The risky activities cause them a lot of trouble
Risk is a constant part of life which cannot possibly be avoided, for example: buying a house or starting a family with someone are inherently dangerous things. It is highly important that someone thinks long and hard about the pros and cons of such a decision. People suffering from an antisocial personality disorder, however, don’t do this. Their impulsive nature leads them to make snap decisions which can turn out bad for them. It also ties into criminal activity. People suffering from the disorder will even part-take in criminal activity even when it has a low reward, this can turn out very bad. All in all, these people take risks for low rewards which subsequently put them in trouble.
They don’t show remorse for their actions
From all the things we have described so far in this article you might be wondering if people suffering from the disorder experience any remorse for their behavior/actions. Well, they do not. According to them, they do not need to follow many of the rules in society, as long as they achieve what they want. Since their behavior and actions often end up hurting people, they learn to: either hide or not experience remorse. For everyone that is different, most however simply do not experience remorse. This makes it easier for them to continue their way of life. In short, a lot of what they do is for their own gain which hurts people leading to them not showing remorse.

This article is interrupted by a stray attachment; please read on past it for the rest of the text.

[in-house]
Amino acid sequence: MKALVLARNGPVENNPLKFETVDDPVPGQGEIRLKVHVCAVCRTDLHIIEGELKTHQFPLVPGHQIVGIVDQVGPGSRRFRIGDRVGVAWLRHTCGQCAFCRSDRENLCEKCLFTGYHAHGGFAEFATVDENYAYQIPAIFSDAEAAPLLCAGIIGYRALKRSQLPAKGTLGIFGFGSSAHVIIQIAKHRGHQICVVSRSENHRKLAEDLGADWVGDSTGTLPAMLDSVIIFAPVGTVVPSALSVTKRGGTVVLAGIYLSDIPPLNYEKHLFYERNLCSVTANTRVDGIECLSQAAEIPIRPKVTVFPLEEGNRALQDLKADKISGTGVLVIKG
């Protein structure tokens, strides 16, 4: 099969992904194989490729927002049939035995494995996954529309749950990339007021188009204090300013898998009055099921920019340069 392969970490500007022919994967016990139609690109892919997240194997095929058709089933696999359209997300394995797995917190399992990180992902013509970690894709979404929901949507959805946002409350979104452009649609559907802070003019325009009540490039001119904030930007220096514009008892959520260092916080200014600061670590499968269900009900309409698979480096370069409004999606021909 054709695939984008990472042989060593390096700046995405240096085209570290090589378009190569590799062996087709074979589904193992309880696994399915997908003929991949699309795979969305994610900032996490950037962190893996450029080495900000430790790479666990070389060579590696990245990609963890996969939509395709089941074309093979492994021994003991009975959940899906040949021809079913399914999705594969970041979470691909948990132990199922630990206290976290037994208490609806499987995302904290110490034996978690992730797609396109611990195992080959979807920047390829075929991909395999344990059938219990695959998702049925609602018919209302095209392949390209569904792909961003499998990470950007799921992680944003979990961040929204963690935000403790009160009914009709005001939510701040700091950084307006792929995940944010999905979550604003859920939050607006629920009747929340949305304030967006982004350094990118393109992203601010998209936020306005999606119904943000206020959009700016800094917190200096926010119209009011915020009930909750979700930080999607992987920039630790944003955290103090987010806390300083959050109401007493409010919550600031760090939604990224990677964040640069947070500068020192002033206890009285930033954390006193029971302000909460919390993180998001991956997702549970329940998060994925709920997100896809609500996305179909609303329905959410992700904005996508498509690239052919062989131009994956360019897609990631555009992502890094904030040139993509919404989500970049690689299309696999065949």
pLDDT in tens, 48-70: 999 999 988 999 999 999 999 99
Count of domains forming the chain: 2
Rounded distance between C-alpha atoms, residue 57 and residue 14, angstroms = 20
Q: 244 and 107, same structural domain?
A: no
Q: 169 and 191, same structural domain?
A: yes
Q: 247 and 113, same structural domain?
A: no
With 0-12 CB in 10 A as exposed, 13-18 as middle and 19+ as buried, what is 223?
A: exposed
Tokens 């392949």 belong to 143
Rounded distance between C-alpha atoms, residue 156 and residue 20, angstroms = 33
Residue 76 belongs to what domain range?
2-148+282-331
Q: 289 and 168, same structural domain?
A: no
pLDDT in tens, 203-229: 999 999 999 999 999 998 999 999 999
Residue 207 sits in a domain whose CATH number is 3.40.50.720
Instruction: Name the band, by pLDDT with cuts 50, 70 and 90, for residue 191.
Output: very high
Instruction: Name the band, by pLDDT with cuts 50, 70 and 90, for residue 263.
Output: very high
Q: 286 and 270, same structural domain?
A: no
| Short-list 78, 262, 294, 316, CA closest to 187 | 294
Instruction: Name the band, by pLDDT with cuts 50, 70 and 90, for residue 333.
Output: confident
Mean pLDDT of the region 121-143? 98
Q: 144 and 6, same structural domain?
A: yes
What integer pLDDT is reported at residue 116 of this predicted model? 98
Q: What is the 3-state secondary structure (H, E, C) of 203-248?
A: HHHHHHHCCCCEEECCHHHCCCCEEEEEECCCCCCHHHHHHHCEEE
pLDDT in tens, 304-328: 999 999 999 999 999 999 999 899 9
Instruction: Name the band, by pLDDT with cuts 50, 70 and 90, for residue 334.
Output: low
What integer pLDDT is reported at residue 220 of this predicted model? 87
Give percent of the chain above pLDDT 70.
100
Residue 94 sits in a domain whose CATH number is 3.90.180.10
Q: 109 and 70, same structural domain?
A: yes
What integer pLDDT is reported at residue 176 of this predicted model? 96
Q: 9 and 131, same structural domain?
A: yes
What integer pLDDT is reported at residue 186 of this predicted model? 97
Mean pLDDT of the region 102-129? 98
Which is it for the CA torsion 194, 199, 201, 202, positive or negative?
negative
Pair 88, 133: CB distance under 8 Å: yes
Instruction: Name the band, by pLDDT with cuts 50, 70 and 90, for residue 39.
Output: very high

They blame others
The people suffering from antisocial personality disorder do not show remorse and are most often only looking for personal gain. This makes it so that they often blame other people, no matter how wrong they are. In their eyes, their own gain is the most important. This will manifest itself as them undermining, accusing, and manipulating the person they see as a direct threat to their own well-being. It is therefore important to be cautious around these individuals, nothing keeps them from turning on you. ever.
Now, let’s quickly go through what we discussed today. People who suffer from antisocial personality disorder went through something that taught them a wrong understanding of society and social interactions. They, therefore, behave in a different way which leads to misperceptions. Their situation is highly stressful which leads them to quickly becoming hostile. To (in their mind) protect themselves, they lie, manipulate, and blame others. This is combined with an impulsive nature which makes them take big risks for small rewards. To sustain this lifestyle, they either hide their remorse or do not experience it which is different per individual.
If you suspect yourself or someone you know of suffering from this order, please get help from a professional as the condition will worsen over time. This concludes our look at antisocial personality disorder.
Interesting follow up articles:
De Brito, S. A., & Hodgins, S. H. E. I. L. A. G. H. (2009). Antisocial personality disorder. Personality, personality disorder and violence, 42, 133-153.
Hare, R. D. (1983). Diagnosis of antisocial personality disorder in two prison populations. The American Journal of Psychiatry.
Hart, S. D., & Hare, R. D. (1996). Psychopathy and antisocial personality disorder. Current opinion in Psychiatry, 9(2), 129-132.
Luntz, B. K., & Widom, C. S. (1994). Antisocial personality disorder in abused and neglected children grown up. The American journal of psychiatry.
Meloy, J. R., & Yakeley, A. J. (2011). Antisocial personality disorder. A. A, 301(2).
Widiger, T. A., Cadoret, R., Hare, R., Robins, L., Rutherford, M., Zanarini, M., … & Hart, S. (1996). DSM—IV antisocial personality disorder field trial. Journal of Abnormal Psychology, 105(1), 3.